RAINFALLHeavy rainfall is expected to begin as early as Monday morning over Hawaii county and Monday afternoon over Maui county, with heavy rain spreading to Oahu by Monday night. Flossie is expected to produce total rainfall amounts of 6 to 10 inches over the Big Island and Maui county, with isolated maximum amounts of 15 inches possible, mainly windward. Rainfall amounts of 4 to 8 inches are possible over Oahu, with isolated maximum amounts of 12 inches possible, mainly windward. This rainfall could cause life- threatening flash floods and mud slides, especially in the mountains.
SURFDangerously large surf will begin to impact east facing shores of the islands as early as tonight with the largest surf expected on Monday into Tuesday. Be aware that large surf can cause coastal road closures, even before the storm arrives. Please consult the latest hurricane local statement for information specific to your area.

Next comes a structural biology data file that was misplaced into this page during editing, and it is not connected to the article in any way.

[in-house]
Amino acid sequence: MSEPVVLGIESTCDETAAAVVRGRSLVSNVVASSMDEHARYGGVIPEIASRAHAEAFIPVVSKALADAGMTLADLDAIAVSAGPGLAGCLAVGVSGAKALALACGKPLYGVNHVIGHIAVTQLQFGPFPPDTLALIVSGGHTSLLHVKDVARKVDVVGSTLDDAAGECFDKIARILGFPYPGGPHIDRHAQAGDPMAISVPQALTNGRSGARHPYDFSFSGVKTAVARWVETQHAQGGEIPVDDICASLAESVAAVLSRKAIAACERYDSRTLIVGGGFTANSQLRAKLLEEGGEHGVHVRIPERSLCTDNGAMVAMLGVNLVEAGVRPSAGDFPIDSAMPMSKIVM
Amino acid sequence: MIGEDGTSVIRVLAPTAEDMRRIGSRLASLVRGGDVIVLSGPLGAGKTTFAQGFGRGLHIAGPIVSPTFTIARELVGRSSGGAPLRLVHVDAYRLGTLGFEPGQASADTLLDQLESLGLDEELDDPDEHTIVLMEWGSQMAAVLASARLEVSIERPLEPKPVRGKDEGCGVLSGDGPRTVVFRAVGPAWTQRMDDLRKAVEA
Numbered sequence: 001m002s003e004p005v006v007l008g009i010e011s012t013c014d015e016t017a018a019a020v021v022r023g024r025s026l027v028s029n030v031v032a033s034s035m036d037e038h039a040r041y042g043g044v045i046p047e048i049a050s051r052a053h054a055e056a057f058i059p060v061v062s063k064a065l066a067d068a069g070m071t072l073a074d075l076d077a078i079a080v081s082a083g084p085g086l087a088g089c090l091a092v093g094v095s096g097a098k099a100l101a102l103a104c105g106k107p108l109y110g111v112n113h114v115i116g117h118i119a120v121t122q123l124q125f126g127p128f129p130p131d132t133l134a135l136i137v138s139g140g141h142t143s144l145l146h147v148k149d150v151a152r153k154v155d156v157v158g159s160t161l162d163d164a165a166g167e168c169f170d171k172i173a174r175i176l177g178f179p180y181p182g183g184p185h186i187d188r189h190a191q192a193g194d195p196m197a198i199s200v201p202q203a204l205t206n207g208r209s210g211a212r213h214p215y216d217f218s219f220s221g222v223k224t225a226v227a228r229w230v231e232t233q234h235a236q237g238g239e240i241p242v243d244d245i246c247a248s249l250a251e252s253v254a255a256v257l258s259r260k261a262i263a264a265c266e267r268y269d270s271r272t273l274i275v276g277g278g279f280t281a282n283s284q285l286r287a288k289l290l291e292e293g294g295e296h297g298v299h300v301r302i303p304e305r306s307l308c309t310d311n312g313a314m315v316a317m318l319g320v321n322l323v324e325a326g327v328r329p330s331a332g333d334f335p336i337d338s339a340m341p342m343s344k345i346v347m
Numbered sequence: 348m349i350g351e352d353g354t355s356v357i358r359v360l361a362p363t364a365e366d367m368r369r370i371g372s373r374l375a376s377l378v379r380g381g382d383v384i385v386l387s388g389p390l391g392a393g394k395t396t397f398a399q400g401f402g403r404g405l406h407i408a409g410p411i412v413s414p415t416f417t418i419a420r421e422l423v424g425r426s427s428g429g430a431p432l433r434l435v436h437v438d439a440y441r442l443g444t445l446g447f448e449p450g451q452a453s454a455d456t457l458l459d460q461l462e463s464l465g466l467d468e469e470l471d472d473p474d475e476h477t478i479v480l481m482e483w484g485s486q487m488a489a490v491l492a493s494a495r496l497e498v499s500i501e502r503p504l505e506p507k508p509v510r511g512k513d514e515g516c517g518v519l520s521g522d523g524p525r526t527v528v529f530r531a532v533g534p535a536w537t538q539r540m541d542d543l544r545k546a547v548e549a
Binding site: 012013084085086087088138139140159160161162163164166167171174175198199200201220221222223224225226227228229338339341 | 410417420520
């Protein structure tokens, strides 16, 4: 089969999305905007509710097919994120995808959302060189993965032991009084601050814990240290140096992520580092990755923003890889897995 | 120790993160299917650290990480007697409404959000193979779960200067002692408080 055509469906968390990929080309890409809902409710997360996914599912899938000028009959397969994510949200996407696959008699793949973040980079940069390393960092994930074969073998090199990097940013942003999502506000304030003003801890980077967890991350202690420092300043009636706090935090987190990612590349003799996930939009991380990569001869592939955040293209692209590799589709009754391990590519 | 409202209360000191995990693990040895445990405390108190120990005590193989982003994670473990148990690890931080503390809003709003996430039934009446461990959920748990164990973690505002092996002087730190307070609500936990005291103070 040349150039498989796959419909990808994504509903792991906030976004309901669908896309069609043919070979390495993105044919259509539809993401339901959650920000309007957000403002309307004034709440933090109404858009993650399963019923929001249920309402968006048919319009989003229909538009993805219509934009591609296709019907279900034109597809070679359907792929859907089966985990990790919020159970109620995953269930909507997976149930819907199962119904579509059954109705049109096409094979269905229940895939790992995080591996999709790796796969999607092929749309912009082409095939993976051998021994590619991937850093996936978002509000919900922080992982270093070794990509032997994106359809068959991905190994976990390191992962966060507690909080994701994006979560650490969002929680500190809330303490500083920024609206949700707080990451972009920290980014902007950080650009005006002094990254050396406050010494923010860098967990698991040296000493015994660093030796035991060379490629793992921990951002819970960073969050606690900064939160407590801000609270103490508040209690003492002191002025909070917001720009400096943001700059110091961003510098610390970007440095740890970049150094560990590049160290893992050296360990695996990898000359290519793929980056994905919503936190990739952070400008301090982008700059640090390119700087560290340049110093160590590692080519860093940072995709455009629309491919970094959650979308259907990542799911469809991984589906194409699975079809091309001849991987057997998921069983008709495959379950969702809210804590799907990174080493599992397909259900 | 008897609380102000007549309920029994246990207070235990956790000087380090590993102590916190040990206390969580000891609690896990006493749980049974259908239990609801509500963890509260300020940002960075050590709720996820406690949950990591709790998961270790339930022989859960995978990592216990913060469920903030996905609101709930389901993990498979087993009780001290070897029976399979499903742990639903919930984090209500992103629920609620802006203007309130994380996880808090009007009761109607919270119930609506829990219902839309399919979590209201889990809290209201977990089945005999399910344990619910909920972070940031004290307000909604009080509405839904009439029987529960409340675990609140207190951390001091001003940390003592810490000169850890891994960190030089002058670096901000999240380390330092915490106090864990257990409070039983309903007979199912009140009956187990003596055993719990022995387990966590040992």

Summary: Hawaii will receive a direct strike from a moderate tropical storm later Monday into Tuesday. Facilities should be on full alert for lowland inundation from storm surge flooding. In addition 4-10" rains may trigger considerable flash flooding; winds gusting from 40-65 mph from Hilo to Honolulu by Tuesday morning. Meanwhile Dorian shows signs of regenerating into a tropical storm, with at least a 10-20% risk of reaching hurricane intensity by late week or next weekend, posing a small risk to Florida and the Gulf of Mexico. We'll continue to monitor both storms and provide additional briefings, as warranted.
High Amplitude Pattern - 3 Sigma Deviation From Normal. The north-south sweeps of the jet stream are highly unusual for late July, over North America and Europe. According to Steve Scolnik at CapitalClimate: "What is unusual for this time year is the huge amplitude of the upper-level flow; over 3 sigma deviation from normal over North America."